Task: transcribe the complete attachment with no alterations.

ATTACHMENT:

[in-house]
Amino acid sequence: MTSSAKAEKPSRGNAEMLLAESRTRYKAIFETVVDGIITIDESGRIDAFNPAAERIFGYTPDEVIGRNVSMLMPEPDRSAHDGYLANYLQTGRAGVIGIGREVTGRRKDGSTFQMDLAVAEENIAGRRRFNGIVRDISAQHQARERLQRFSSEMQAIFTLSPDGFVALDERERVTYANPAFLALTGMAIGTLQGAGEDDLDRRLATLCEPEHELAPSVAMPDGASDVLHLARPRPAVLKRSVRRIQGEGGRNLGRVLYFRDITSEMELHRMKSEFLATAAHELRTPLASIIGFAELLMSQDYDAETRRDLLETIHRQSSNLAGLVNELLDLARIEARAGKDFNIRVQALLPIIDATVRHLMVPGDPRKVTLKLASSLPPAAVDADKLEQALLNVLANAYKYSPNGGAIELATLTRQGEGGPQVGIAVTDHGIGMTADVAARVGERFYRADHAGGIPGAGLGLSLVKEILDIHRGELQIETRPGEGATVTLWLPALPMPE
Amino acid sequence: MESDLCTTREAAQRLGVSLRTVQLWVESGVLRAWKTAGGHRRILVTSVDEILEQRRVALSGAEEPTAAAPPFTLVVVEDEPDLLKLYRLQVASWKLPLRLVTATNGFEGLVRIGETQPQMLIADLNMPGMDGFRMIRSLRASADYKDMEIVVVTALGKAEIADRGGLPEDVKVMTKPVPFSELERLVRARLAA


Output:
[in-house]
Amino acid sequence: MTSSAKAEKPSRGNAEMLLAESRTRYKAIFETVVDGIITIDESGRIDAFNPAAERIFGYTPDEVIGRNVSMLMPEPDRSAHDGYLANYLQTGRAGVIGIGREVTGRRKDGSTFQMDLAVAEENIAGRRRFNGIVRDISAQHQARERLQRFSSEMQAIFTLSPDGFVALDERERVTYANPAFLALTGMAIGTLQGAGEDDLDRRLATLCEPEHELAPSVAMPDGASDVLHLARPRPAVLKRSVRRIQGEGGRNLGRVLYFRDITSEMELHRMKSEFLATAAHELRTPLASIIGFAELLMSQDYDAETRRDLLETIHRQSSNLAGLVNELLDLARIEARAGKDFNIRVQALLPIIDATVRHLMVPGDPRKVTLKLASSLPPAAVDADKLEQALLNVLANAYKYSPNGGAIELATLTRQGEGGPQVGIAVTDHGIGMTADVAARVGERFYRADHAGGIPGAGLGLSLVKEILDIHRGELQIETRPGEGATVTLWLPALPMPE
Amino acid sequence: MESDLCTTREAAQRLGVSLRTVQLWVESGVLRAWKTAGGHRRILVTSVDEILEQRRVALSGAEEPTAAAPPFTLVVVEDEPDLLKLYRLQVASWKLPLRLVTATNGFEGLVRIGETQPQMLIADLNMPGMDGFRMIRSLRASADYKDMEIVVVTALGKAEIADRGGLPEDVKVMTKPVPFSELERLVRARLAA